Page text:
Day one–Discovering my motivation to Learn: Adults learn best when they are fully engaged and committed to personal and professional development.
Said another way, we cannot force our employees to learn–especially when that learning involves complex competencies like emotional self-awareness, self- management, empathy and organizational awareness. We put this maxim front and center on day one of Resonant Leadership for Results. We start with somewhat typical activities and move toward deeper reflection and dialogues as the day moves on. For example, facilitators engage participants in kick-off exercises that help them to see their strengths as leaders. One such exercise, called “Me at My Best”1 calls on people to tell a story about a time when they were truly successful as a leader (at work or in personal life). When these stories are “analyzed” in small groups, it becomes completely obvious that emotional intelligence competencies, such as those in Figure 1, are essential for great leadership. This, then, is how the business case is made for developing soft skills–part one of motivating people to learn.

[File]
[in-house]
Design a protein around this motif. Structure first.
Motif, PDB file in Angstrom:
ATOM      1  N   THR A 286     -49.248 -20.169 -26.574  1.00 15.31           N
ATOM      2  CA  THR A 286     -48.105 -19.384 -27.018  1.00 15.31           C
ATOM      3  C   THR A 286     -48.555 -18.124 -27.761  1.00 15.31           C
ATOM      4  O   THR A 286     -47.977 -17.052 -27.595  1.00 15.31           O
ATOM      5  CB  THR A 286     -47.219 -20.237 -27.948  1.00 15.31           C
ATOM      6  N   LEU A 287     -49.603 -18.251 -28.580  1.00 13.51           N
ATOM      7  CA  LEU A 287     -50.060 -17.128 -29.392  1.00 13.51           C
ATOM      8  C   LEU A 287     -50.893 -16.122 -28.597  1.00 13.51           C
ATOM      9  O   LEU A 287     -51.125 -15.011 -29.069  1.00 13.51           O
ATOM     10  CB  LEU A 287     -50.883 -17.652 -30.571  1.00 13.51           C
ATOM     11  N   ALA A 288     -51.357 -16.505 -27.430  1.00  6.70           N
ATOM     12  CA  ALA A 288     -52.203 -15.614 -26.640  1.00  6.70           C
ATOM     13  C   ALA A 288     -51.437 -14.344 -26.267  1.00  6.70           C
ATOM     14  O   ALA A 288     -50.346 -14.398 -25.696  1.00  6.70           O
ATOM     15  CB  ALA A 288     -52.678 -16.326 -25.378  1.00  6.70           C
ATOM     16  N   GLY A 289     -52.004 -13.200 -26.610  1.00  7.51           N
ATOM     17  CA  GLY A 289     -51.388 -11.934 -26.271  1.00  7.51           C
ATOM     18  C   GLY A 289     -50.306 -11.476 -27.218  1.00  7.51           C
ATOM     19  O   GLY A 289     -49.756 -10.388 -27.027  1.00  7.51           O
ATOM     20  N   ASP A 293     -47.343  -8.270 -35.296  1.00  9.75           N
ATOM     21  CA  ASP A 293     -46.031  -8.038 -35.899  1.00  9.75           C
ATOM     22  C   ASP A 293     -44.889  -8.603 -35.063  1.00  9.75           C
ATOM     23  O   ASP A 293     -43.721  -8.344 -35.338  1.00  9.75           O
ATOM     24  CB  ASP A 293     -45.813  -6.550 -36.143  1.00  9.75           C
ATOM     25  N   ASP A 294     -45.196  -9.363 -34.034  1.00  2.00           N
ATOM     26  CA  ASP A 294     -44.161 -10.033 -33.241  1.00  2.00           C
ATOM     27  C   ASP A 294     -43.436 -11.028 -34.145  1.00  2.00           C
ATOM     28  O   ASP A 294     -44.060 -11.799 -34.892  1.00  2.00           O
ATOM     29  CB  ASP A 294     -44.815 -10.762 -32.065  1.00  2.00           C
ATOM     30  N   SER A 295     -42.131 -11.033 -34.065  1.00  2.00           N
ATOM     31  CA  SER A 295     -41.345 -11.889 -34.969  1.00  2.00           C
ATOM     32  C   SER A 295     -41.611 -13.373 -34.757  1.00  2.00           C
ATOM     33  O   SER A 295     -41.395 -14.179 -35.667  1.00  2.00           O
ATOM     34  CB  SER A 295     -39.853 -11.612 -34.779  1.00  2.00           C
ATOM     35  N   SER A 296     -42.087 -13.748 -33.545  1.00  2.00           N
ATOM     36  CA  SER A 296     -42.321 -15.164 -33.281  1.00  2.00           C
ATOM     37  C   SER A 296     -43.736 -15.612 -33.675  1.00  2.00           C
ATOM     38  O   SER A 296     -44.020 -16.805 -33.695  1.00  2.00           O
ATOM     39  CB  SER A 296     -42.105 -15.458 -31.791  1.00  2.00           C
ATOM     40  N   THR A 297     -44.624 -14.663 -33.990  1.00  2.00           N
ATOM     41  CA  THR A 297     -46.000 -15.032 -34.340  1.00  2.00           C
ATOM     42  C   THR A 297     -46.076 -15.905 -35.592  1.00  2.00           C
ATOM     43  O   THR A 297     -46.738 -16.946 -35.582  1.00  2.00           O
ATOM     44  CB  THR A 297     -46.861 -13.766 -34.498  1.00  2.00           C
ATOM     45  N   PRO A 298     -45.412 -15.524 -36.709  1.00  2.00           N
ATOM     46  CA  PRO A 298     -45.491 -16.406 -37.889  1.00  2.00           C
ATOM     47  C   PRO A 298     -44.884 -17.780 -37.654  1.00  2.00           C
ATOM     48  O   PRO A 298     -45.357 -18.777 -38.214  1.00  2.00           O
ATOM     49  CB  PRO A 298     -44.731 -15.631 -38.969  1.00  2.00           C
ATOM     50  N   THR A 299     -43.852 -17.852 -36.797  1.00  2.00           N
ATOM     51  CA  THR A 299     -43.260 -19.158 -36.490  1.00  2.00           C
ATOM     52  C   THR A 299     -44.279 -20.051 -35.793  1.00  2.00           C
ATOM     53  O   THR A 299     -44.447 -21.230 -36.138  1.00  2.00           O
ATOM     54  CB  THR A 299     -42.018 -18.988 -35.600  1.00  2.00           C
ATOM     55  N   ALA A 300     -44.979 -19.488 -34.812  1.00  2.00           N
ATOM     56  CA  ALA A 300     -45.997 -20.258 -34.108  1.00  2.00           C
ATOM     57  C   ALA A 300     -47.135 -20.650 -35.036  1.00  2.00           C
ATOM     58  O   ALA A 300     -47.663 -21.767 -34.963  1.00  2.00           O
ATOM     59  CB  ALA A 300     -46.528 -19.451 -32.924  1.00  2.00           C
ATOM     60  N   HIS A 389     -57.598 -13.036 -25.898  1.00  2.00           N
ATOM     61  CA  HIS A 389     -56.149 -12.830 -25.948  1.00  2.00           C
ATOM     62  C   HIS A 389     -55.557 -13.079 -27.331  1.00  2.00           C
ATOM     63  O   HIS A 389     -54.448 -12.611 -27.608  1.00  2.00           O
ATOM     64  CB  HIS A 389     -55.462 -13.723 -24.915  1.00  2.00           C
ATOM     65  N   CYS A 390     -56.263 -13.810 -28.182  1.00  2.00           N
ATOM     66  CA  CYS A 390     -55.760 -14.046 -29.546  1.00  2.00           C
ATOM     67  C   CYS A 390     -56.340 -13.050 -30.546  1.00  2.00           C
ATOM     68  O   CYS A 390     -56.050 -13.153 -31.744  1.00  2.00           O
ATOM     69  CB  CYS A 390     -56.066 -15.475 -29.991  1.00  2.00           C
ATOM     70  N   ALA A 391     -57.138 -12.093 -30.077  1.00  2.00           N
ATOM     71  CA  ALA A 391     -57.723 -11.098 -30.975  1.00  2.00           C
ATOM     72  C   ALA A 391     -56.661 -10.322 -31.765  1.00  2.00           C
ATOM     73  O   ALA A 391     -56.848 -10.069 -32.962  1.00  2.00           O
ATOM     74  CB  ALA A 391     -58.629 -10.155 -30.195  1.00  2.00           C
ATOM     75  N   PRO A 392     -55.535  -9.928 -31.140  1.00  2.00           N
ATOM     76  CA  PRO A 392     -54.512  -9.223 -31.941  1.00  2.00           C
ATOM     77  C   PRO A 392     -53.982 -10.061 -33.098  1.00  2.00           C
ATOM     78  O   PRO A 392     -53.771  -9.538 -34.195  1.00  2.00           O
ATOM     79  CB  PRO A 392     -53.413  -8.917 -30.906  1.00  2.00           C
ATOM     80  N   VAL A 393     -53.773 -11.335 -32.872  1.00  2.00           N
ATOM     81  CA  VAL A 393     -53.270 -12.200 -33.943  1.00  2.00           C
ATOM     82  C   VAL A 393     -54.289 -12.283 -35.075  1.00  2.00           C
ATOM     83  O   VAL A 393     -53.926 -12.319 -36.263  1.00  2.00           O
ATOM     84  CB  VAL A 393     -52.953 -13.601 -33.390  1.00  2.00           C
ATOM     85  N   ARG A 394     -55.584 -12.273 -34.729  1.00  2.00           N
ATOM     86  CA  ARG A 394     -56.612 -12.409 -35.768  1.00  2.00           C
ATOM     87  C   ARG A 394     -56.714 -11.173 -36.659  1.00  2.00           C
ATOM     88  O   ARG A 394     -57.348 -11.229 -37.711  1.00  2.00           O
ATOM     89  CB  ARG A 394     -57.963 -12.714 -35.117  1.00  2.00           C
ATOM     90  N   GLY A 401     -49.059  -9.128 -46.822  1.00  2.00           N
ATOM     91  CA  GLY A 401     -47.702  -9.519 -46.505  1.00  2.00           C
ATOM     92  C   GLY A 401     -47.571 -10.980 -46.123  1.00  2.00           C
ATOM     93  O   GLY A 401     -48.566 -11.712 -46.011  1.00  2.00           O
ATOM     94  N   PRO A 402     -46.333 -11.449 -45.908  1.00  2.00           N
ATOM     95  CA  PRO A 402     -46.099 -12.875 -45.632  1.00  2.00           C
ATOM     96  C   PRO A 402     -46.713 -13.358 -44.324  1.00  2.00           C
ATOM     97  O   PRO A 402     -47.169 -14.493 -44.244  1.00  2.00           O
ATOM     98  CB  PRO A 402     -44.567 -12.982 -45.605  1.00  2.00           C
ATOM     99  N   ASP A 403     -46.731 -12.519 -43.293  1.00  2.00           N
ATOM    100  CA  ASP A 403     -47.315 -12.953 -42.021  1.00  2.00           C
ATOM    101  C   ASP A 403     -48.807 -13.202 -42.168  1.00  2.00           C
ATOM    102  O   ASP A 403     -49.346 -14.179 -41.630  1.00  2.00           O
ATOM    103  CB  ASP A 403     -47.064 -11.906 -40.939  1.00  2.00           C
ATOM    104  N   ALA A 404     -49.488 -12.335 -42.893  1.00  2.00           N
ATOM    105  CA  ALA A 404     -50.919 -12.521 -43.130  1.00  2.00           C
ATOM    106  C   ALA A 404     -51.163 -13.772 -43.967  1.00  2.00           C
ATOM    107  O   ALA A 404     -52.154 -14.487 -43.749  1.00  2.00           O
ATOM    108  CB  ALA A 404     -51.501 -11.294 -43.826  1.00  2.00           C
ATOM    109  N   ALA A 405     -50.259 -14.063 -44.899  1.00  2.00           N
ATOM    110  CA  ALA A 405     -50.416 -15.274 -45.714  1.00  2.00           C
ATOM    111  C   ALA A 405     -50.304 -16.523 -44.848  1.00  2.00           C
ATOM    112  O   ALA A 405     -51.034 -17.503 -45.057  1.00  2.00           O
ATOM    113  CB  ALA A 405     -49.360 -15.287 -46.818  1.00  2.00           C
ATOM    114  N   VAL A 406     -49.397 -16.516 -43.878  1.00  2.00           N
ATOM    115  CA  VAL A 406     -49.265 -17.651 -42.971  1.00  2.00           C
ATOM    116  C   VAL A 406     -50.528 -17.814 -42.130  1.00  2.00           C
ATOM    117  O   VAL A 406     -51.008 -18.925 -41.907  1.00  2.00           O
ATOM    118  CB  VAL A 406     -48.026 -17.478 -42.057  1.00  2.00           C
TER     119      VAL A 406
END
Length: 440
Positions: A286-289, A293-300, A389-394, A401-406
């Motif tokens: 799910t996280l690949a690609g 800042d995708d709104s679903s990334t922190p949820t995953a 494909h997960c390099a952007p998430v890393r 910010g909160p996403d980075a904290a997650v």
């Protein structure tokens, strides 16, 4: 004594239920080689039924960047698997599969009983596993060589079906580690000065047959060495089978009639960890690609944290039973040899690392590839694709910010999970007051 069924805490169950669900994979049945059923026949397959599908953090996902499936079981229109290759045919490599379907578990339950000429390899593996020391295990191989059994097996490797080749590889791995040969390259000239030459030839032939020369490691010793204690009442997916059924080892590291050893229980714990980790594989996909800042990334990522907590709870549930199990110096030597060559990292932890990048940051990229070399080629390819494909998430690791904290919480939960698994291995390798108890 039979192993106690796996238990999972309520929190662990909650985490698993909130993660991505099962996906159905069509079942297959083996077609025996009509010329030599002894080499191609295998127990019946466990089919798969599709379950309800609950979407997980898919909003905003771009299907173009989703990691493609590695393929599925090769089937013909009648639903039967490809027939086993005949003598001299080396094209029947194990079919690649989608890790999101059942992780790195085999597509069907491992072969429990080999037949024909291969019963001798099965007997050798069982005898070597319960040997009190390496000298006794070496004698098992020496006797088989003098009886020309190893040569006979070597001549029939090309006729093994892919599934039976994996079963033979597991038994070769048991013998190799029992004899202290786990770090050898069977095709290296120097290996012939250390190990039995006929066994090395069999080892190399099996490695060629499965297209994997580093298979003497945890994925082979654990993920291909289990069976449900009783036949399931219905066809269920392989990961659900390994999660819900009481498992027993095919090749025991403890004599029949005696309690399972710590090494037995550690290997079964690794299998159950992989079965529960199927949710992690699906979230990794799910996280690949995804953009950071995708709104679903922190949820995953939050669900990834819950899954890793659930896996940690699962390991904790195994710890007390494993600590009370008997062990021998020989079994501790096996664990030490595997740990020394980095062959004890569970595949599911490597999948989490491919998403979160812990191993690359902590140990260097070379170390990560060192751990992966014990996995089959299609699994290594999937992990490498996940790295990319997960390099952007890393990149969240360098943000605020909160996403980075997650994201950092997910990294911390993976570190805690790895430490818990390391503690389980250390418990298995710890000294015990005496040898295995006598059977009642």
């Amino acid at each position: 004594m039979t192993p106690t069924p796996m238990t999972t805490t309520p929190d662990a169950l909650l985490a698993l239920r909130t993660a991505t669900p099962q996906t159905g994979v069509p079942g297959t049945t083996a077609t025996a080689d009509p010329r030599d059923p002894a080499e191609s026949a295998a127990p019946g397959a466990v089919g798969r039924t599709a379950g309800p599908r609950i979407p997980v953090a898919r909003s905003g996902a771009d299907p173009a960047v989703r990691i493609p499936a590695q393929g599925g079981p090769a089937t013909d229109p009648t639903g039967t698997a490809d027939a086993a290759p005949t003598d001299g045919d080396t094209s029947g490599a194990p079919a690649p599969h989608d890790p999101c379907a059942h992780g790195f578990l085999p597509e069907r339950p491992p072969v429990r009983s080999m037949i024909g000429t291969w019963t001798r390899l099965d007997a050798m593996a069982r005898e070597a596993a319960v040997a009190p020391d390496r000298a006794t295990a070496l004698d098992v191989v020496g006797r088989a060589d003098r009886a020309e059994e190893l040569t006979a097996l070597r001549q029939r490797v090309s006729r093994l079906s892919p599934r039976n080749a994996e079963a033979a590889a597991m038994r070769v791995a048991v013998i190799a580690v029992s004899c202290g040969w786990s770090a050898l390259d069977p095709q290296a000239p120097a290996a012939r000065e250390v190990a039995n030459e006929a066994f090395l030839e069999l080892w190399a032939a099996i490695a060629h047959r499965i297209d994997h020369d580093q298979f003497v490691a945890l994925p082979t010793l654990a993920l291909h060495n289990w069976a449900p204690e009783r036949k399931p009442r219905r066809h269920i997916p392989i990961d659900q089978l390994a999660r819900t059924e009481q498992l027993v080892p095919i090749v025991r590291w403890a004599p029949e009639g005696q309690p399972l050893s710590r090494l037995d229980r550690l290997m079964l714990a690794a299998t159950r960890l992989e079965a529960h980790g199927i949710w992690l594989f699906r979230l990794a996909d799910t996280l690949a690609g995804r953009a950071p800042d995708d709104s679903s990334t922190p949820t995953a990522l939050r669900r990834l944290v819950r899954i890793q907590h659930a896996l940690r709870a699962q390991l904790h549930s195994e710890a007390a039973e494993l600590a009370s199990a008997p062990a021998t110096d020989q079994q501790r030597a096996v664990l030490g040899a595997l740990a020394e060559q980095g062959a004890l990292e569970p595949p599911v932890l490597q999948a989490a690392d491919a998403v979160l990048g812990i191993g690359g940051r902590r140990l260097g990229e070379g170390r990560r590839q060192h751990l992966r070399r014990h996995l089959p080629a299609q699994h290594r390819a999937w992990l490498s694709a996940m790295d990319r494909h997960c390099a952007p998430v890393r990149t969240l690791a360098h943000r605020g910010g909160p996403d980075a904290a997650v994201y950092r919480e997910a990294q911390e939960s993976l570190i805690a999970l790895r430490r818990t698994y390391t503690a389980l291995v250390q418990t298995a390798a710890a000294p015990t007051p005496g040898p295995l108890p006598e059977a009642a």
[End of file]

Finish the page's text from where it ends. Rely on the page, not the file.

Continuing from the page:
We have found, however, that a business reason to engage in the hard work of learning EI is never enough. If you doubt this, quickly list twenty eight things you would like to do or experience before you die–and then count how many of these are directly related to your current job! So, with this in mind, the rest of Day One of the program is dedicated to engaging people’s hearts–helping them to get clear about values, personal and professional history and where they want to go in life and at work. Facilitators adeptly guide the group in a series of activities that help them to explore themselves and get comfortable talking with other people about what is most important to them in life. Slowly, people build a picture of an “Ideal Self”– who I am when at my best, the values I will take forward in my life, and the kind of leader I want to be. The theory behind this